In 2009, underwater sculptor Jason de Caires Taylor — whom we had the pleasure of profiling for Wired UK a long, long time ago — founded MUSA (Museo Subacuático de Arte), the world’s first underwater museum and an inspired intersection of art and environmental science. These artworks, admired by over 750,000 visitors every year, are designed to become artificial reefs that provide a unique habitat for the ocean’s most fragile and remarkable creatures: Corals, and their many marine companions.

This year, artist and TED fellow Colleen Flanigan was invited to join the project with some of her Biorock designs. As the temperature and acidity of the world’s oceans continue to rise under the effects of global warming, these new sculptures offer corals a vital alkaline environment: Using a low-voltage electrical current, the installations raise the pH of seawater to attract limestone minerals, which adhere to the metal matrix and help corals get the calcium carbonate they need to build their exoskeletons. So Colleen is gathering the necessary arsenal — welding equipment, metal, supplies, power sources, boat rentals, SCUBA tanks — and hiring a professional filmmaker to capture the incredible journey. And she’s funding it on Kickstarter, our favorite platform for microfunding creative projects.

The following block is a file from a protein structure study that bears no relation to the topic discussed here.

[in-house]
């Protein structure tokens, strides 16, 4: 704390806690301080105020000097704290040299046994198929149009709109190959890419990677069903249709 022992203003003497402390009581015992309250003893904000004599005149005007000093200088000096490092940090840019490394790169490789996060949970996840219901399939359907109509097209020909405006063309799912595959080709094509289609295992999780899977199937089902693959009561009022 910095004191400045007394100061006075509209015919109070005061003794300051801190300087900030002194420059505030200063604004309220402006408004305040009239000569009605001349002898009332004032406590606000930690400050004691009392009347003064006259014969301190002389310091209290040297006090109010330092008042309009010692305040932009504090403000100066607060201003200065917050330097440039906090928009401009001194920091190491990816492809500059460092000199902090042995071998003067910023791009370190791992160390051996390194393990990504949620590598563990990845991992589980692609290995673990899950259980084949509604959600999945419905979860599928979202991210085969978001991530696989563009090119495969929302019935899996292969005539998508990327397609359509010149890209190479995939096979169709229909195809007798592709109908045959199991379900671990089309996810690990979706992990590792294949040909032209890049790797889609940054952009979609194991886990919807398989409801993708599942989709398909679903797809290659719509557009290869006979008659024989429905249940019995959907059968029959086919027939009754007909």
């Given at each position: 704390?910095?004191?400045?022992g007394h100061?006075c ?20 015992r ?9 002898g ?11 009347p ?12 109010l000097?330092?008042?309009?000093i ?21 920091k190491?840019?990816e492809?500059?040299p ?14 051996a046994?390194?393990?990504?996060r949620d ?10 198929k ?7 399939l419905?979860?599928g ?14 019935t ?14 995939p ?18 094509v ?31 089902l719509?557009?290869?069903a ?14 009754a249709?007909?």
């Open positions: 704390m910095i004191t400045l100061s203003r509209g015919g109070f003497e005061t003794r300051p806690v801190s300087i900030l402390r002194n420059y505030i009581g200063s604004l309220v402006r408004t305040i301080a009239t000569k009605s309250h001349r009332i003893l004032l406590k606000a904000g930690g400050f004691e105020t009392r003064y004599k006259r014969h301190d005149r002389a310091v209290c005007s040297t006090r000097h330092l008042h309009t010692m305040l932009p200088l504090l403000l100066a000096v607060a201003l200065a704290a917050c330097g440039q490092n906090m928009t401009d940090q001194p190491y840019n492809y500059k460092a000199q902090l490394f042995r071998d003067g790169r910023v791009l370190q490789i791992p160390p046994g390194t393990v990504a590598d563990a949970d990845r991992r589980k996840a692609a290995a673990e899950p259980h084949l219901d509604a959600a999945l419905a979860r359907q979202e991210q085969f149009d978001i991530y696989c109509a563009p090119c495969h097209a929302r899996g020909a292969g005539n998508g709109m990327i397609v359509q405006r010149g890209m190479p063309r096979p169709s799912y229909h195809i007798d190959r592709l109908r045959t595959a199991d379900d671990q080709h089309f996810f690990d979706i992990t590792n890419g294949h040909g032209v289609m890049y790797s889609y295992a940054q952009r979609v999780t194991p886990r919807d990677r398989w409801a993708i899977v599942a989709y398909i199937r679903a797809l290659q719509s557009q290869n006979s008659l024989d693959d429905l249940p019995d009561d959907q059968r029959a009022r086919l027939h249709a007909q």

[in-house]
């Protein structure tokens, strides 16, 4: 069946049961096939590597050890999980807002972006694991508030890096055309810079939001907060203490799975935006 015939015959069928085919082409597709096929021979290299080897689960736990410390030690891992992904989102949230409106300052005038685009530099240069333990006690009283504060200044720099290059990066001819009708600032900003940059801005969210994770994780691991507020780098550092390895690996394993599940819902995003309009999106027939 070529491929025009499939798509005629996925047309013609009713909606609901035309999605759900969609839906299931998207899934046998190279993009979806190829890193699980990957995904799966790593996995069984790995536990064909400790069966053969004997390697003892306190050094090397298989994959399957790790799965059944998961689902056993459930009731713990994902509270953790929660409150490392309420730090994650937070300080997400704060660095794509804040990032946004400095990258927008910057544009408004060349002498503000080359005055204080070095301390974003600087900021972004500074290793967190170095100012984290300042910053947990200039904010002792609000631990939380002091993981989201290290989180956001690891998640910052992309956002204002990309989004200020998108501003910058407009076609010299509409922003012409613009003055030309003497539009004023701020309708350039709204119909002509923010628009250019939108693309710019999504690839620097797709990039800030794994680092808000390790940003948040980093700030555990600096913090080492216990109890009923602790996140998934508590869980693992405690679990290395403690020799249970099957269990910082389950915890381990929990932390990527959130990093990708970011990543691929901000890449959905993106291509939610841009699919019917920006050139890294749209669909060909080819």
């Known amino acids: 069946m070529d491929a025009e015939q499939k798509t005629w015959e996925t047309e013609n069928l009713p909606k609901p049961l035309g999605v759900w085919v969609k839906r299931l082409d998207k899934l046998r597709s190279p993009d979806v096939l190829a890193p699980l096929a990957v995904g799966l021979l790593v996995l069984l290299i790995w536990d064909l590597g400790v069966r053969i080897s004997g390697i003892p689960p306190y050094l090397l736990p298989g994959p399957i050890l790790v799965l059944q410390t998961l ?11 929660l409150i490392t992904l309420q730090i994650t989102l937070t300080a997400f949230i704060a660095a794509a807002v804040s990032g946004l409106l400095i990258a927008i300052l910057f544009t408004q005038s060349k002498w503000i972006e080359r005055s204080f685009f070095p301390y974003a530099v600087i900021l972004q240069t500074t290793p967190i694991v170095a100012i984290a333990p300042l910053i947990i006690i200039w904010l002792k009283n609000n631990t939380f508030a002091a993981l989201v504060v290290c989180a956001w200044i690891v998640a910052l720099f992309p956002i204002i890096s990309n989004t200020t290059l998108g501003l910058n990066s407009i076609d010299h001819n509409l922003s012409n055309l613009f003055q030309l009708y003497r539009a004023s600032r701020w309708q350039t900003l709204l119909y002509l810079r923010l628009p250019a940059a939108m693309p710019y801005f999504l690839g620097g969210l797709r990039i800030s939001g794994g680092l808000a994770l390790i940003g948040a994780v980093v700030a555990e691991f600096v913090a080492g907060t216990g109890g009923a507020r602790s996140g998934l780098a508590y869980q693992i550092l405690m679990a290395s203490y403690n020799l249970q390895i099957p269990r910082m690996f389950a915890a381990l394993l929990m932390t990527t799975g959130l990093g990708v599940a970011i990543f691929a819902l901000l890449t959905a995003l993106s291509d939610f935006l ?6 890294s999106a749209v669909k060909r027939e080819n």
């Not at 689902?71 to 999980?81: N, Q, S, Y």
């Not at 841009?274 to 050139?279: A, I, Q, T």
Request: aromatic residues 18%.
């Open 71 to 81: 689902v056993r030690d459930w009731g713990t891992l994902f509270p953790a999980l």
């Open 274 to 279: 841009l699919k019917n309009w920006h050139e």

Corals are near the root of the family tree of all living animals. Humans have put these ancestors on the evolutionary tree in peril. We want to give coral back its color through life-supporting underwater Biorock formations.” ~ Colleen Flanigan

The project embodies our highest ideals, a beautiful cross-pollination of art, science and moral imagination, so please join us in supporting it — it’s the best-intentioned $10 (or $100, or $1000) you’ll spend today, we promise.